I really liked KYLE’s “Light of Mine” album. I had tickets to see him in 2018 and ended up not getting to go. I listened to the album on repeat for months and I overplayed it for myself so I wasn’t able to listen to it for a while. He also starred in “The After Party” on Netflix so I guess it felt like over saturation. Too much in too short a period of time.
I like the feeling when you’re finally able to come back to an album like that and relisten to songs. Doing that with “Light of Mine”, I have to say “Babies” is an undeniably good song. The lyrics are quite neat when you look at them. Both KYLE and Alessia Cara’s verses have references to “ABC” by The Jackson 5. In the first verse:
And I was learnin’ ABC’s
No one taught me how to love you
And then in the second verse:
And this ain’t easy, 1-2-3’s
No one taught me how to love you (No one taught me)
It’s simple but it’s kinda cool. The song is the opposite to “ABC”. He’s talking about how relationships aren’t easy and they don’t always work, but there’s room to learn and figure things out. The whole thing works well. They have very complimentary voices. The verses have a great bounce
This might sound deranged, but I think if they ever went back to making those sci-fi animated films like “Titan AE” and “Atlantis”, “Babies” would fit perfectly into the soundtrack. Those type of films always had a romance shoehorned in. “Babies” would work because it is sweet, it has a positive message and it has a kind of quiet outer space vibe. Make of that idea what you will.
You can listen to “Babies” by KYLE feat. Alessia Cara here.
“Babies” by Pulp is a great song. I’ve never got too into Pulp, but I like what I’ve heard lyrically from Jarvis Cocker. He’s an odd man.
Musically, it’s interesting. There’s two guitars. Both have a dreamy sound. One has a country music vibe to it. The combination of the guitar, Cocker’s voice and the keyboards create what I think country music in space would sound like, but only space how it was imagined in the 90s.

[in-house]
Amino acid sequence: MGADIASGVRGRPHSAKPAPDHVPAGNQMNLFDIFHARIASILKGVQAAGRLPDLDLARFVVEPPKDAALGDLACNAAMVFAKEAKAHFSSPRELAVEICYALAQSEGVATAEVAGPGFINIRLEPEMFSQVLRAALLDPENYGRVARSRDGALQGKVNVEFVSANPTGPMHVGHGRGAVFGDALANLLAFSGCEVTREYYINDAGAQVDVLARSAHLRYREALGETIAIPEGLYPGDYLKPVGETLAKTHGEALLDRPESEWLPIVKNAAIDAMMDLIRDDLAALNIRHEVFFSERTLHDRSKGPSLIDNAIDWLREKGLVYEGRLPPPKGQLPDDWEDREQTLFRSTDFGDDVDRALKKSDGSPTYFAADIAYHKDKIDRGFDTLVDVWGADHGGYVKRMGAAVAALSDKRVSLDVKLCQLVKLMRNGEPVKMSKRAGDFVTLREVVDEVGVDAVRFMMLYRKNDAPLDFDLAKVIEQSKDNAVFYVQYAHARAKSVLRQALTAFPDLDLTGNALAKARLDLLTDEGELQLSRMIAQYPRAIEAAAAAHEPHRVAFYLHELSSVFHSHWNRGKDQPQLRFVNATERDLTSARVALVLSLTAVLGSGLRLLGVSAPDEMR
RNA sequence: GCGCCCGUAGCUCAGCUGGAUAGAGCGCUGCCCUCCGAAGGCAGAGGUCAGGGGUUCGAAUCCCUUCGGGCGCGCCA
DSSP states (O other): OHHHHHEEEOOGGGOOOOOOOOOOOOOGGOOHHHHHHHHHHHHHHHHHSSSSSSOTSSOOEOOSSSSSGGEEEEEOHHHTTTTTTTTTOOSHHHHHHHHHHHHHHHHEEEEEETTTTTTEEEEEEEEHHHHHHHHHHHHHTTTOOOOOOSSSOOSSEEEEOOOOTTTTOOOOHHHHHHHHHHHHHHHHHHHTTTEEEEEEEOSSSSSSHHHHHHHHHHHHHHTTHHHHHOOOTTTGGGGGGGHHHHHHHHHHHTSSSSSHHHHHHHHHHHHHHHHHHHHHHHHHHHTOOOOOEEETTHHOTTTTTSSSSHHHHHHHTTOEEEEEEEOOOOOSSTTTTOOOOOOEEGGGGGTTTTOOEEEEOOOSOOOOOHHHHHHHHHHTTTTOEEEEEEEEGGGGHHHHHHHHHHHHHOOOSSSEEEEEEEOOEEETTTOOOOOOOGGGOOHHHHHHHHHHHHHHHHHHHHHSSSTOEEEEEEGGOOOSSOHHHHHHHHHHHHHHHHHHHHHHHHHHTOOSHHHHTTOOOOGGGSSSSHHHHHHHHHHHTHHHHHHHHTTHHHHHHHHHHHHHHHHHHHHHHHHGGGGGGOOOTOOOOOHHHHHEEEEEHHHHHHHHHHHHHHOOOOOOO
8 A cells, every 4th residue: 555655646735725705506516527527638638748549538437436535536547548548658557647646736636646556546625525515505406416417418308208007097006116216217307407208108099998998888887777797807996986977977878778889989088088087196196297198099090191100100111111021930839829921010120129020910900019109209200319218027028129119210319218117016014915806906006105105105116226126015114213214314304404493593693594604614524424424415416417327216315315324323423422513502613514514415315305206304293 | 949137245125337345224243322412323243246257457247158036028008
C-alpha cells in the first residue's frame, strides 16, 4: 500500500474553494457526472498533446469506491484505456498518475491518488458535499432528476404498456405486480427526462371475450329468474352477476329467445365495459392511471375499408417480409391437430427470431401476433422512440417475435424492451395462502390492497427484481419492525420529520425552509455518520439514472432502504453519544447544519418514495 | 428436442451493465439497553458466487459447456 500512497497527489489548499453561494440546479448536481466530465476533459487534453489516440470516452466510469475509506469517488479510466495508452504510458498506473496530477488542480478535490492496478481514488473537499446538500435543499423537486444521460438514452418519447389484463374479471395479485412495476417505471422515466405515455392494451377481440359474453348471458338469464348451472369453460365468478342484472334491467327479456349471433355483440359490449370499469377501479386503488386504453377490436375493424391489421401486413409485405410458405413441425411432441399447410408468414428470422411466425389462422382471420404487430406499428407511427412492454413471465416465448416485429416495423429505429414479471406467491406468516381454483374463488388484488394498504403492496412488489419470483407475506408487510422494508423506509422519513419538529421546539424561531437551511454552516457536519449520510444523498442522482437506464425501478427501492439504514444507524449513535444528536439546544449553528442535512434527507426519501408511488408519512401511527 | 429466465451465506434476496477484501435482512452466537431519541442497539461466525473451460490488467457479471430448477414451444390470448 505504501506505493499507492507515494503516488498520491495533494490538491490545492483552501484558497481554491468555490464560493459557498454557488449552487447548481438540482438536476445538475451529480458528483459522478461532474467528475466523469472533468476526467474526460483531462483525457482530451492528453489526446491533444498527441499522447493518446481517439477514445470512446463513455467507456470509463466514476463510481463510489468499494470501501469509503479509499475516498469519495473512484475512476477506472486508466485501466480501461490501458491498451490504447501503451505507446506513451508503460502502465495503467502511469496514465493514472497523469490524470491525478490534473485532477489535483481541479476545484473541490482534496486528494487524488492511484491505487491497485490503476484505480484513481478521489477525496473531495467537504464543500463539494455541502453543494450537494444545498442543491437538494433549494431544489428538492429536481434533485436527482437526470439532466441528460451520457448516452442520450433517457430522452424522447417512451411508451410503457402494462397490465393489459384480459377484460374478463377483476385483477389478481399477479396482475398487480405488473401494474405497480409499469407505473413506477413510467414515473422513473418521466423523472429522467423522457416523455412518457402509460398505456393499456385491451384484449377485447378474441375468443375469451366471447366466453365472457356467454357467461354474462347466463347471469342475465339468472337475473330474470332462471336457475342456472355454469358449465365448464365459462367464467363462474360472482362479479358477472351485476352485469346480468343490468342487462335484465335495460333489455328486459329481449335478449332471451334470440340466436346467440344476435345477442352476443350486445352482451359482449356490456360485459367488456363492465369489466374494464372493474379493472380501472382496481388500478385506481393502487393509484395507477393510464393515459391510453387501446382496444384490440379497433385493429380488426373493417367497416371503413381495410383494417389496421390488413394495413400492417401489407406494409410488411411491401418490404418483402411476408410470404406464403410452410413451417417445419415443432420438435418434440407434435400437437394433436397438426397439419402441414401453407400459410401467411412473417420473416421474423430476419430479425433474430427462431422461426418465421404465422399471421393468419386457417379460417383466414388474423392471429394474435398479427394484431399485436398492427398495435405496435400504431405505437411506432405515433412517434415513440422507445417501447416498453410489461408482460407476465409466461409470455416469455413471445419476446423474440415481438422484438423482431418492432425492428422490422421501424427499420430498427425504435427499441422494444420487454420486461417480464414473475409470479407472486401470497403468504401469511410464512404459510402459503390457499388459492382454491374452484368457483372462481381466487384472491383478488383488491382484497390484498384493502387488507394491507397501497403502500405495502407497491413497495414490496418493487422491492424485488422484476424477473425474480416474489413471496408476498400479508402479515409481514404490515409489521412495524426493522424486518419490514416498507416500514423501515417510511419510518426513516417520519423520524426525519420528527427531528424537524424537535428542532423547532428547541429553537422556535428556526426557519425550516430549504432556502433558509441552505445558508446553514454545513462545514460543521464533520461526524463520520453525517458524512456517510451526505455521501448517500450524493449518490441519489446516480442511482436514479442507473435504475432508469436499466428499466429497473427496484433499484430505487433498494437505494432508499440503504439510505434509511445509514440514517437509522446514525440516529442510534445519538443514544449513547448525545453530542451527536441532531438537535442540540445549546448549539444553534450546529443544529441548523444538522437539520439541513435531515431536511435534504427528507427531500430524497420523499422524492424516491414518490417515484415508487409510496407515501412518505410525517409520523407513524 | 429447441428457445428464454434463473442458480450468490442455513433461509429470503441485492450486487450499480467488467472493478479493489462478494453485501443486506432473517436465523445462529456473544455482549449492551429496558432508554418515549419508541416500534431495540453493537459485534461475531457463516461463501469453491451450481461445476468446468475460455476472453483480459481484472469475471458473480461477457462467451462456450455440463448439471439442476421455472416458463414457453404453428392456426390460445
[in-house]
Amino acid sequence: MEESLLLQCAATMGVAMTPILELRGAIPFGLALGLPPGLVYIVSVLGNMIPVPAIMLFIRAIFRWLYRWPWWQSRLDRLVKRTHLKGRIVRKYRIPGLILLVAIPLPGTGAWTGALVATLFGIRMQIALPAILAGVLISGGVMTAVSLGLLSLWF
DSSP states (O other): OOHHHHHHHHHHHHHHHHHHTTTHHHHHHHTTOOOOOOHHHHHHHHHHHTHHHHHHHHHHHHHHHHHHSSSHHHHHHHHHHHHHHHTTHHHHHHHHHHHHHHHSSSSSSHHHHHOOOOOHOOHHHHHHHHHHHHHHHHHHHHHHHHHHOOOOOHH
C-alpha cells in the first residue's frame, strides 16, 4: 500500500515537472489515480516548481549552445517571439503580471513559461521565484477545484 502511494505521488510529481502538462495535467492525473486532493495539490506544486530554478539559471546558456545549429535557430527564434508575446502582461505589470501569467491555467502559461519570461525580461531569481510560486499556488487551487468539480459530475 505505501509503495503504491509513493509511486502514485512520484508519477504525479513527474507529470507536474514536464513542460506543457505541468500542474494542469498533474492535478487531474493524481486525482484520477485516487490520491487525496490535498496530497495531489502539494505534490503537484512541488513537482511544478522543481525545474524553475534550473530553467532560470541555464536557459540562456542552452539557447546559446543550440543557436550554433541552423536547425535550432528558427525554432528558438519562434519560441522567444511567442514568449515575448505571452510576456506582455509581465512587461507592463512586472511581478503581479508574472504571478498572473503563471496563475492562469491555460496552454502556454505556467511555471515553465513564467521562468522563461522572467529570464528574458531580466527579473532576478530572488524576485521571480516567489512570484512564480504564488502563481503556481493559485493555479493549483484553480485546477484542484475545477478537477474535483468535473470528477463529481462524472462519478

“Babies” is a demented song really. I like the narrative element of it. I like songwriting as a mode of storytelling in general, but this is a bizarre case. The speaker, who I imagine to be a shrunken version of Jarvis Cocker, has a female friend. Female Friend has an older sister. Shrunken Jarvis Cocker hears the older sister having sex and kinda gets hooked on that and it escalates to the point where he hides in her wardrobe and watches her. Meanwhile, he’s in love with Female Friend, but doesn’t communicate it to her so she moves on to someone else. And then he’s back in the wardrobe up to his old tricks and tells us, across two of the greatest verses of lyrics of all time:
“Well, I guess it couldn’t last too long
I came home one day
And all her things were gone
I fell asleep inside
I never heard her come
And when I opened up the wardrobe
And I had to get it on, yeah
Oh, we were on the bed when you came home
I heard you stop outside the door
I know you won’t believe it’s true
I only went with her ’cause she looks like you, my god!”
I love the idea that anyone would write this song and record it and the rest of a band would be onboard with it and then a label would get behind it and then it would be on the radio and on TV. There’s the nonchalant perverse voyeurism. There’s the idea that he gets caught being a pervert and things work out for him. There’s the use of the excuse that they look similar so it’s almost a compliment. There’s the idea of telling someone you love them by telling them you want to get them pregnant. It’s deranged. It’s arrogant. It’s ignorant. It’s deluded. But these things make it a wonderful song.
You can listen to “Babies” by Pulp here.